Arcitc Yearbook 2012
disagreement on their Barents Sea maritime boundary (Harding, 2010), and Canada and Russia
agreed that the United Nations would be the final arbiter of their overlapping claims in the Arctic
Ocean (BBC, 2010). The line of demarcation in the Beaufort Sea between Canada and the U.S.
remains un-delineated, but violent conflict between states with such amicable relations and shared
interests is practically unimaginable. Unclaimed deposits outside state EEZs may be in play following
a successful petition under Article 76, but the recoverability of these deposits is complicated by
greater ocean depth, distance to shorelines, and sheer statistical uncertainty of their presence, making
development of near-shore deposits a much more attractive prospect in the near and medium term
(AMAP, 2007). For example, nearly all offshore explored gas reserves lie in the Russian Barents Sea,
mostly in the Shtokman field 600 km off the coast of the Kola peninsula. It is unlikely that any
undiscovered deposits in Russia’s pending claim represent a prize of equal or greater value (IBRU,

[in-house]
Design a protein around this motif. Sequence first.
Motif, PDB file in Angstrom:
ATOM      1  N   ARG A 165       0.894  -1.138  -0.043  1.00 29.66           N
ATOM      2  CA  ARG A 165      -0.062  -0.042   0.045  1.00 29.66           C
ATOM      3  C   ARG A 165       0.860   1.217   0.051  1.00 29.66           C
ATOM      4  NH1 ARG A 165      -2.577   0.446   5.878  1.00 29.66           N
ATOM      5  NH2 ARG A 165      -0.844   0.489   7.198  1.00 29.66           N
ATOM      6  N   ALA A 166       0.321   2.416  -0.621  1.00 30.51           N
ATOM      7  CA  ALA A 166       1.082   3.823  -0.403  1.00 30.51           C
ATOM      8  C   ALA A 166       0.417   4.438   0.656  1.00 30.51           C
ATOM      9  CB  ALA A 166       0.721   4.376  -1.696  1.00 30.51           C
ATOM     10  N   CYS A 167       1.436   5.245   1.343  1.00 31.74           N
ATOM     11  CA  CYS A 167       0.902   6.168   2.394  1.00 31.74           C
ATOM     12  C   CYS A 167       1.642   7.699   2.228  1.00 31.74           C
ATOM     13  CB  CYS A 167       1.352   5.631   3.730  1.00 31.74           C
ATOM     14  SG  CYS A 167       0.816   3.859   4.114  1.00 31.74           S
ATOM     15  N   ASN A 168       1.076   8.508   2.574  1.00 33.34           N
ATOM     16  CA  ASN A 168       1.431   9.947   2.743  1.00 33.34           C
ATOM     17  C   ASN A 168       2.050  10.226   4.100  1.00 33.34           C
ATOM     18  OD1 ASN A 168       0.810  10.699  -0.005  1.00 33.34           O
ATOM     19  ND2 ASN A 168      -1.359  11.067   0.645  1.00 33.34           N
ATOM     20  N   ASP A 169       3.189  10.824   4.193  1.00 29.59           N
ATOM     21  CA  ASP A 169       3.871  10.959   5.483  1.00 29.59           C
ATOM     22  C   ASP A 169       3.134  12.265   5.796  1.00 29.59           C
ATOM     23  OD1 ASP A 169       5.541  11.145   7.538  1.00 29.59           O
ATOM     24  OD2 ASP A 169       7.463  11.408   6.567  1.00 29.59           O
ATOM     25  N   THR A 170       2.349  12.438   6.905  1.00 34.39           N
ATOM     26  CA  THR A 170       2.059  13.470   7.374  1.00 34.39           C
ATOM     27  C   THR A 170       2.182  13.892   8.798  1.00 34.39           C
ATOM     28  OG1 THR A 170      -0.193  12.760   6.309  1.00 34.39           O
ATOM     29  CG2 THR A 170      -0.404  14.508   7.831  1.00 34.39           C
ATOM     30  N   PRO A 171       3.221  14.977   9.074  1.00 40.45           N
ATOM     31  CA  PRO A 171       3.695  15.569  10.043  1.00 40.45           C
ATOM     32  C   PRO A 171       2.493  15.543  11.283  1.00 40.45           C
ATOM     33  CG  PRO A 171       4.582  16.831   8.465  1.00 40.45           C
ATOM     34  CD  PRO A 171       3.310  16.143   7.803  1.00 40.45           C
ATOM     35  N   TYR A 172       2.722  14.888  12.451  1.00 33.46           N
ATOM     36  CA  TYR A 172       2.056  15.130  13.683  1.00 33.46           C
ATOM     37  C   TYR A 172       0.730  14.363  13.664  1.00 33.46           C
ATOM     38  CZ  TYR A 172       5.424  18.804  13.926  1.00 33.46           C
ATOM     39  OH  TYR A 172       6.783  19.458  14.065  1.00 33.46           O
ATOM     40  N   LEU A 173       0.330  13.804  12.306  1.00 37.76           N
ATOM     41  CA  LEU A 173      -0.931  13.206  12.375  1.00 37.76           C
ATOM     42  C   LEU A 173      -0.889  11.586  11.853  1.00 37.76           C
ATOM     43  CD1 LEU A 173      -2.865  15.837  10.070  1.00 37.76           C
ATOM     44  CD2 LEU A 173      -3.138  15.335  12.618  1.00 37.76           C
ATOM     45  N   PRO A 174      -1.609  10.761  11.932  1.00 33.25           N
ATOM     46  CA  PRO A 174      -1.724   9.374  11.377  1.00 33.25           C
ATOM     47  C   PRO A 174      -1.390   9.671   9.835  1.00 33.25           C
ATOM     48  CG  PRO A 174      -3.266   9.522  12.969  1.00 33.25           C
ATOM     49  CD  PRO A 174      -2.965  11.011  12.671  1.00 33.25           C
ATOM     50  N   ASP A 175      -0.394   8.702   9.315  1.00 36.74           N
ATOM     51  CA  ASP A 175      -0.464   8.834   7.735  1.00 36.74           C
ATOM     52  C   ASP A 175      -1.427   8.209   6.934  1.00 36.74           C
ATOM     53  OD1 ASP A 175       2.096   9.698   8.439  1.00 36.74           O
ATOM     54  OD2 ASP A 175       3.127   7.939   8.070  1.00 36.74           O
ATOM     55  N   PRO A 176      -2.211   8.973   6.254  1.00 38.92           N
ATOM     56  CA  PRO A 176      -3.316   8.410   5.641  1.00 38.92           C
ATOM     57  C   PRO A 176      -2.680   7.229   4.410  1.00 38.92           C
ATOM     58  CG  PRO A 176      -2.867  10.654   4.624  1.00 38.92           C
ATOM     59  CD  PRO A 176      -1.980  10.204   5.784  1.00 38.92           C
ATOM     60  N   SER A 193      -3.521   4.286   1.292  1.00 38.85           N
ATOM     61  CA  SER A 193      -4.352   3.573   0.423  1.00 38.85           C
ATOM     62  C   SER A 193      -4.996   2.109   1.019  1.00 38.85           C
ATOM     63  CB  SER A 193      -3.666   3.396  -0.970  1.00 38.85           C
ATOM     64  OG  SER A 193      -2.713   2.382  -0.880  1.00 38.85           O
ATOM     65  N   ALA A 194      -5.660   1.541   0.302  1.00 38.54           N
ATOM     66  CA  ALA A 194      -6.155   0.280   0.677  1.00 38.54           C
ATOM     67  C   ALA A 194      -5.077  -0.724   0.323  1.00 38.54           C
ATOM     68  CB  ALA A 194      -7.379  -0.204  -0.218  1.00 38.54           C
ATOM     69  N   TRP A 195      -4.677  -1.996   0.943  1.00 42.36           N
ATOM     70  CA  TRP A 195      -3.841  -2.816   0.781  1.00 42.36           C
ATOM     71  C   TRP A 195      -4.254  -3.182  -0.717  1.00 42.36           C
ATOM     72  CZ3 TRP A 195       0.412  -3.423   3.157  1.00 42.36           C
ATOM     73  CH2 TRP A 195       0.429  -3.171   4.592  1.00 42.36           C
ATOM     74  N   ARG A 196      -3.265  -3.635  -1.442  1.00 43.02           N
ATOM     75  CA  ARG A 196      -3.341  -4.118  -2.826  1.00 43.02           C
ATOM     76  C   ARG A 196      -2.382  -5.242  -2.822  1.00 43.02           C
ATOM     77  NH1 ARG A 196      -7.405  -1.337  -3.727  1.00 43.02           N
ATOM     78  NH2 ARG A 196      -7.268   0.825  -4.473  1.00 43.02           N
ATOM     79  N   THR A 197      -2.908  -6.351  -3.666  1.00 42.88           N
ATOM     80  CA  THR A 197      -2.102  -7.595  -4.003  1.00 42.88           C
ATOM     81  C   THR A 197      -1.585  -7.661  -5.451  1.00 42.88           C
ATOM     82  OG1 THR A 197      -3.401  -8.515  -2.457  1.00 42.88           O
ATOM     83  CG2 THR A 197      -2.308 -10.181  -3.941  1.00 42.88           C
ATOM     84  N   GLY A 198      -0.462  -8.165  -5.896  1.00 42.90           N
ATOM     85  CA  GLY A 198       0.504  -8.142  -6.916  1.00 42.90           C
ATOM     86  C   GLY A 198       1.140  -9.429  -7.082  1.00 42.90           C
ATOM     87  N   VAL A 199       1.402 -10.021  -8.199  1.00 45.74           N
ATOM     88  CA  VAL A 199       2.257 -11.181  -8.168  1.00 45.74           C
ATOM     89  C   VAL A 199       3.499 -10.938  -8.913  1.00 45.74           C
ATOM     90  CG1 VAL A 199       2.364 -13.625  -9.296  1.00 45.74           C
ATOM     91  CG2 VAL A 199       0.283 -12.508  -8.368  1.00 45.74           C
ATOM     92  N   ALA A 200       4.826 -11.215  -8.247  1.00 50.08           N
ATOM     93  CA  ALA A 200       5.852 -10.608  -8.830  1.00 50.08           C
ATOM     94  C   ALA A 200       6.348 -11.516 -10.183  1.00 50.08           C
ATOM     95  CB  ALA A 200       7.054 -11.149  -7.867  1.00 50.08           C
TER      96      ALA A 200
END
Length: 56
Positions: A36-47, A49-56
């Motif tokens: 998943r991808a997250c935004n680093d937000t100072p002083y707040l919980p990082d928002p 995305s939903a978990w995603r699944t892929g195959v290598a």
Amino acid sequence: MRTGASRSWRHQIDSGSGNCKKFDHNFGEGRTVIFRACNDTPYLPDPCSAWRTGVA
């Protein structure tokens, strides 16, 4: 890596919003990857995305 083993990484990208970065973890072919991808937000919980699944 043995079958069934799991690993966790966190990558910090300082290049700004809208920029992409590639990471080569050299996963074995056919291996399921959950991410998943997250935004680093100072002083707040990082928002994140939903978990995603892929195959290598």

2008; Gautier et al., 2009).
The commitment to the existing UNCLOS framework (and the preservation of national agendas that
it affords) may be motivated by a protectionist impulse, but it is a peaceful one nonetheless. As long
as the tenets of UNCLOS remain intact, there is little reason for states to pursue aggressive policies
to secure oil and gas, as Norway and Russia recently demonstrated with the Barents Sea boundary
dispute resolution. The Ilulissat Declaration set a regrettable precedent by excluding indigenous
groups and three states from the table. Yet, its unequivocal affirmation of UNCLOS may be the
single most significant step toward conflict avoidance in the Arctic.
Arctic Infrastructure: Scarcity and Investment
While the post-Cold War Arctic has sometimes been perceived as geopolitical backwater, the region’s
recent militarization reflects an elevated nationalist enterprise at work. This Northern nationalism is
linked to an imbalance between despotic and infrastructural power currently unfolding in the Arctic.
Michael Mann (1984) distinguishes between despotic power, or power over society by state elites;
and infrastructural power, or power to penetrate and coordinate the activities of civil society through
implementation of infrastructure. While despotic power works by directly imposing a state’s will over
its people, infrastructural power works by increasing the amount of contact states have with their
citizens and the benefits that result from this contact. For this reason, infrastructural power may be
viewed as a ‘positive’ type of power, as it is effectively a legitimacy to govern ultimately derived from
the assent of the people. For example, governments that tax their citizens directly at source without